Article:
Wednesday, 28 December 2011

Caught in the Net 95 - Poetry by Emer Davis

The Viaduct Bards - Poetry in Motion

Series Editor - Jim Bennett

Introduction by Jim Bennett

Hello.  Welcome to the next in the series of CITN featured poets.  We will be looking at the work of a different poet in each edition and I hope it will help our readers to discover some new and exciting writing.  This series is open to all to submit and I am now keen to read new work for this series.

You can join the CITN mailing list at - http://www.poetrykit.org/pkl/index.htm and following the links for Caught in the Net.

Mother and daughter
picking shells along the beach
we rinsed them in the sea
and watched tarnished pastels shining through,
small glimmers of light reflected in my tears

                 from; Requiem by Emer Davis



     The Crossing
     Coming Home
     Chain Event
     Kill Your Television
     The Kiss
     To Tear Your Breath Away
     The Long Goodbye



1 – BIOGRAPHY:  Emer Davis

Emer Davis grew up in Achill Island in Co Mayo.  She is now living and working in Abu Dhabi, UAE.  Poems have been published in Poetry Now, Drogheda Writes 2, Boyne Berries, Revival, Upstart and Message in a Bottle.  Her story was published in A Pint and a Haircut – an anthology of true Irish stories.  She set up the Viaduct Bards Writers group in Drogheda and organised the monthly Poetry in Motion Sessions there.  She launched her first book of poems Kill Your Television in 2010.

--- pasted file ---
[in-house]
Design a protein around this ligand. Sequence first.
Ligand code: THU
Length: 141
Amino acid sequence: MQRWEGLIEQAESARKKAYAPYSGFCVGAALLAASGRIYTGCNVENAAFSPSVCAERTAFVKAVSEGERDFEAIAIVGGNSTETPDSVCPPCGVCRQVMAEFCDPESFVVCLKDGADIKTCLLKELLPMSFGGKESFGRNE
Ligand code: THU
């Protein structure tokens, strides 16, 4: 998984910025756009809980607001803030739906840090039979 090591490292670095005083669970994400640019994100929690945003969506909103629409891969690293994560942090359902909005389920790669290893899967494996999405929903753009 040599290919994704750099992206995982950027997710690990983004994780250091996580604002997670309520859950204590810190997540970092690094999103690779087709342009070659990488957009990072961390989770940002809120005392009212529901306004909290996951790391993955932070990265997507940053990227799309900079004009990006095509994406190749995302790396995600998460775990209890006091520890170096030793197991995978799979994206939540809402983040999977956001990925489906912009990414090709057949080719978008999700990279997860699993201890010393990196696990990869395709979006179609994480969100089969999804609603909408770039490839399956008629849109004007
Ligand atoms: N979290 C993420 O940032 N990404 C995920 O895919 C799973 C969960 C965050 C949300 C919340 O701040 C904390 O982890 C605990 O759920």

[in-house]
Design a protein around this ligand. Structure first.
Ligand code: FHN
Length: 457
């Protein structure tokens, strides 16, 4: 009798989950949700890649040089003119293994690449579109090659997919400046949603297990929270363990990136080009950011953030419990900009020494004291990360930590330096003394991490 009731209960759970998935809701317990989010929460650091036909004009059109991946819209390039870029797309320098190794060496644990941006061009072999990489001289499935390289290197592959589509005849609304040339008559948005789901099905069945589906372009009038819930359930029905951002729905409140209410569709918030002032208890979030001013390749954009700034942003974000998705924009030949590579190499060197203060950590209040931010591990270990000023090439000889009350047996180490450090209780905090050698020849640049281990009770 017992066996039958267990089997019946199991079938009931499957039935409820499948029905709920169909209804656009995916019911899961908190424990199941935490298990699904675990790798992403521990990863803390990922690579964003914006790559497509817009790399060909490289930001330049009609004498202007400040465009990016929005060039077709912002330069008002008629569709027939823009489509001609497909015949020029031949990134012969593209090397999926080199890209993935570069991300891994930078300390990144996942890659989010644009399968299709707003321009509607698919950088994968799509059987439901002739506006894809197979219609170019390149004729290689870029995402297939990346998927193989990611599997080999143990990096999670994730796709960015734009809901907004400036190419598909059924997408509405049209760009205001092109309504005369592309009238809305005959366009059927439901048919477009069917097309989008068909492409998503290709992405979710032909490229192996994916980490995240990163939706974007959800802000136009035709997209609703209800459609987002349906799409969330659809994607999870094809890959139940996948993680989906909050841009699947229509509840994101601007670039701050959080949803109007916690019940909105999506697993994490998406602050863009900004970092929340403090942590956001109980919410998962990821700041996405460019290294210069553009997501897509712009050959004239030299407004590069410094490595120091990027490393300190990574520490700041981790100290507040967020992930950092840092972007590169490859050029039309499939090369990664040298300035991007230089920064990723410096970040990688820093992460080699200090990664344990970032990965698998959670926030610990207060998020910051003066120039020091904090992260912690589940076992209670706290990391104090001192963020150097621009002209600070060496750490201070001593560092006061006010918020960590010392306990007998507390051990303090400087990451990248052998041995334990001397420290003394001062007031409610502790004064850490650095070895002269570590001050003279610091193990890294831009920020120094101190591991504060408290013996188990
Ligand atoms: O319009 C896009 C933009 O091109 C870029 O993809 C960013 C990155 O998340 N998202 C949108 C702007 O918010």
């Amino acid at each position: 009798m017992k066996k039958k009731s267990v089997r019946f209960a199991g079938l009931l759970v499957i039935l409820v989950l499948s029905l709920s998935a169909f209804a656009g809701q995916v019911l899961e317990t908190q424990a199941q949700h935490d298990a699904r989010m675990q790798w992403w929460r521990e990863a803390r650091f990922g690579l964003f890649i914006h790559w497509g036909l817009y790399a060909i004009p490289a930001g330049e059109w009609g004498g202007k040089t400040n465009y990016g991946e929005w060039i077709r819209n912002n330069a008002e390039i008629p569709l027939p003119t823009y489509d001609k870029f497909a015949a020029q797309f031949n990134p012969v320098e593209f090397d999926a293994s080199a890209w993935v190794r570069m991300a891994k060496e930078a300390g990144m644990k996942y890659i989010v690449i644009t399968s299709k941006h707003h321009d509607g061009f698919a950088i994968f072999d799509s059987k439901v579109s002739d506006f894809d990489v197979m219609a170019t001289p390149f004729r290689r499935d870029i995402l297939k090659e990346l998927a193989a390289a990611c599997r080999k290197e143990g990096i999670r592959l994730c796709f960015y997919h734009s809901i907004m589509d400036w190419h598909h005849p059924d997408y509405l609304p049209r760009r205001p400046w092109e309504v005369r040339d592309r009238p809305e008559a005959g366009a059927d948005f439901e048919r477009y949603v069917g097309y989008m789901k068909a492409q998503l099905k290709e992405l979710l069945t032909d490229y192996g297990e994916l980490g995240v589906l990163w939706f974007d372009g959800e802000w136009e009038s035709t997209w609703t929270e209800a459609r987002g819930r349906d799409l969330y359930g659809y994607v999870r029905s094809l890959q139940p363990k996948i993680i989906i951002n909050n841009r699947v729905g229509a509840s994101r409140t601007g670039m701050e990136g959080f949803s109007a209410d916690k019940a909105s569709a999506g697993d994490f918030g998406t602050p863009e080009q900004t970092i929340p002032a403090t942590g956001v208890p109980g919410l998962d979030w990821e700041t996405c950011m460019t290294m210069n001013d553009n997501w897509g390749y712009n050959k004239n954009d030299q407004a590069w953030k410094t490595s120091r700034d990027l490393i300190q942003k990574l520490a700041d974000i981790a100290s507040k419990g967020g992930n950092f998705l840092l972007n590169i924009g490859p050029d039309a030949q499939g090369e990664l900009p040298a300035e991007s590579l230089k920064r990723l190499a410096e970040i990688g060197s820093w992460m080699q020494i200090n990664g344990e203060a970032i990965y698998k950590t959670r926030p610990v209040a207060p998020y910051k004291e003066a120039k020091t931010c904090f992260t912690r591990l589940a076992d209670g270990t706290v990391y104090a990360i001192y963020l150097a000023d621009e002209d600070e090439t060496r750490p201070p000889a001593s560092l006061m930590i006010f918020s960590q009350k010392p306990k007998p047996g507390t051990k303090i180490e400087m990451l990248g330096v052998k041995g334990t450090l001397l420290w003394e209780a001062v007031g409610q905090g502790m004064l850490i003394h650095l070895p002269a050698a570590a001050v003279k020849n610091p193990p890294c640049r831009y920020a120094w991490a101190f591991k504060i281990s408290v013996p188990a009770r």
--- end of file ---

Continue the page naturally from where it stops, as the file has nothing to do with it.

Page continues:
The Crossing

From our outpost we tiptoed
across this green divide
rifles in hand.
A ragged allied force
sleep walking this unknown land
we marched on,
hoping to smell
the sweet scent of summer.

Fields pockmarked by war
stood before us.
Bloodied and betrayed
empty shells littered the scorched ground.
A soft light flickered through
as we retraced our steps
on the relentless road
of an unnerving peace.


Coming Home  (Already published - Revival 2009)

Slipping from one hand to another
This case holds the secrets of journeys
Made by one family for over a century
It lay on the rack overhead as
The train travelled west
Towards home.

A young girl stood at the gates
Holding onto the worn handles,
Waving goodbye to her family,
Stepping inside to a new world
Of order and submission.

Remnants of her early life
Locked in this tanned leather box
She entered these cloistered walls,
Leading a nomadic existence
Shifting through a maze of cultures
Over the intervening years.

Letters and old photographs
Stuffed into side pockets,
Plain cotton shirts and brown skirts
Folded neatly in two piles,
A dark face carved in wood
Shrouded in a woollen blanket,
Yielding to a recurring doubt,
She is returning from a distant land.

Stirred by her passion to be free
From the shackles of an ordered faith
This tanned leather suitcase
Creased over time
Chronicled her life story
In a dark unknown landscape.

Slipping from one hand to another
This case holds the secrets of journeys,
Her years of service now ending,
It lay on the rack overhead as
The train travelled west towards home,
Returning to leave this cloistered life behind


Requiem (Published in Boyne Berries September 2010)

Yellow crocuses are bursting forth
around the gravestone
where your name will be etched.
There is nothing to draw me back home,
the final threads of our lives snapped apart.
I sit by your side
and listen to the sirens
moving away in the distance.
Silence descends around us,
Alone at last, words are lost
in this vast open space.
I look around me
and see snowdrops shivering,
their petals wasting away in the pale sun
as you were in those final days.

Mother and daughter